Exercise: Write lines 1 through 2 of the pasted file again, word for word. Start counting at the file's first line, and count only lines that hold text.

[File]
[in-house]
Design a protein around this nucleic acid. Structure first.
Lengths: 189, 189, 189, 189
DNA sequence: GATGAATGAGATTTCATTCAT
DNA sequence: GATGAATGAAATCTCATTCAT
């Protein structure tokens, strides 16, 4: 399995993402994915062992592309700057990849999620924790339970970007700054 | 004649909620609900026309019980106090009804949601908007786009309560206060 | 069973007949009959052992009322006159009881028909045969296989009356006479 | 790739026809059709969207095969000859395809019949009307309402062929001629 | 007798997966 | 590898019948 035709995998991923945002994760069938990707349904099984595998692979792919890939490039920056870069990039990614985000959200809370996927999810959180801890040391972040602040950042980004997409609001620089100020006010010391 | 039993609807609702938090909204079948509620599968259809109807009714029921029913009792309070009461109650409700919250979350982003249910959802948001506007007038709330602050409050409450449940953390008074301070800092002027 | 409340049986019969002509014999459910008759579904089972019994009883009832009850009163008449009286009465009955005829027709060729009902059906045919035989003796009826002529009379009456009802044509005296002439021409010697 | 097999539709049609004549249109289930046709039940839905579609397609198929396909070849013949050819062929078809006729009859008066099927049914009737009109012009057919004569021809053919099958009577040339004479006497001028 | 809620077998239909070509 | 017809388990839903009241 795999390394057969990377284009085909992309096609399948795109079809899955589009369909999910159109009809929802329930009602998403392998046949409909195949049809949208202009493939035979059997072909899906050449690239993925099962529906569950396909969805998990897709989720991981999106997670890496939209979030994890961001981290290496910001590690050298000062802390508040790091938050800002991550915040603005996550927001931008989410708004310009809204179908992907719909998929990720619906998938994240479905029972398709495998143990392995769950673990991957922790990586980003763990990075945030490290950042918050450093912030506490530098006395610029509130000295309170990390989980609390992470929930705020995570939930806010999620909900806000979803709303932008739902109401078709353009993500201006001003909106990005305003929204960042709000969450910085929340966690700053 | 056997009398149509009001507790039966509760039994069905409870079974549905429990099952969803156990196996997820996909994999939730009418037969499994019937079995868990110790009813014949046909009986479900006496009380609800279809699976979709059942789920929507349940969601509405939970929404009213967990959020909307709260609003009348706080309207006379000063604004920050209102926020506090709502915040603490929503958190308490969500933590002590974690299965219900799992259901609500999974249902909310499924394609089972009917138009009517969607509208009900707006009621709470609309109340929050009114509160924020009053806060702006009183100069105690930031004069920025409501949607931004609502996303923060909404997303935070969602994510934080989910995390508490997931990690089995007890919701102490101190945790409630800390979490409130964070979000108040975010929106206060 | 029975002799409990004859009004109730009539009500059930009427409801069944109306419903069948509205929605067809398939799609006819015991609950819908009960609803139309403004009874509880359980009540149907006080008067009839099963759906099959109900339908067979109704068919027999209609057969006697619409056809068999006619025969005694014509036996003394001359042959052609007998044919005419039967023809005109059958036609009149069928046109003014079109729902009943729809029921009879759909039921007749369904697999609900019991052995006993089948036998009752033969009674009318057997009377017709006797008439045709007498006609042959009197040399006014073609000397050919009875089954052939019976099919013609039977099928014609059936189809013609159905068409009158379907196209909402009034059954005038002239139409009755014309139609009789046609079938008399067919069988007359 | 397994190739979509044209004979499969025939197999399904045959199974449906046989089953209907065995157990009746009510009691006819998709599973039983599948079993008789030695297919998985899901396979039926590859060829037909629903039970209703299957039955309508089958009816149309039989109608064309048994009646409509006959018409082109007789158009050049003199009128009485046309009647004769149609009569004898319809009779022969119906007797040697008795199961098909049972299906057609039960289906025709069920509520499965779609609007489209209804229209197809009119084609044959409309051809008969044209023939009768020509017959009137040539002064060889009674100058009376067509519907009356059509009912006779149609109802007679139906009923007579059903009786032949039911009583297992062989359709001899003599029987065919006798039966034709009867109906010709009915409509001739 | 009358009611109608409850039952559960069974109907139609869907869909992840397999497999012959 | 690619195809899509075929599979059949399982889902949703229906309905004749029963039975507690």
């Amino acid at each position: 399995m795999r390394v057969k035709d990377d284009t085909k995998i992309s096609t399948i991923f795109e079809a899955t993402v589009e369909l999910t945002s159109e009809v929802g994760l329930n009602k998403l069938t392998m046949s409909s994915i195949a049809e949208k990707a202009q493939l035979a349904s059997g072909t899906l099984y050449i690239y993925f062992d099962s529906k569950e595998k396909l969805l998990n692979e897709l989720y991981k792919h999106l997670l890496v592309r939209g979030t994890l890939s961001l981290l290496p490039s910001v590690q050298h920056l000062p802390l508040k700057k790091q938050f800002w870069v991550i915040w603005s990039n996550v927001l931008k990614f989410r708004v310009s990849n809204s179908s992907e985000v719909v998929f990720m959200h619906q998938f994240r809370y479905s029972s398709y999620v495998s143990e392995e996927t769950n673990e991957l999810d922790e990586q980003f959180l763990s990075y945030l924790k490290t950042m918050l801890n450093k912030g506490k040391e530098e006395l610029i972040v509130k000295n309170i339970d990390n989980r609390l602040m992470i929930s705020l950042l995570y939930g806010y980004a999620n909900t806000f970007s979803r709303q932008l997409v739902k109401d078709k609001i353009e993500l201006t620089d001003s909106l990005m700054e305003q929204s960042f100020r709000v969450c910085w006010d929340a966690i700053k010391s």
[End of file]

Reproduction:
[in-house]
Design a protein around this nucleic acid. Structure first.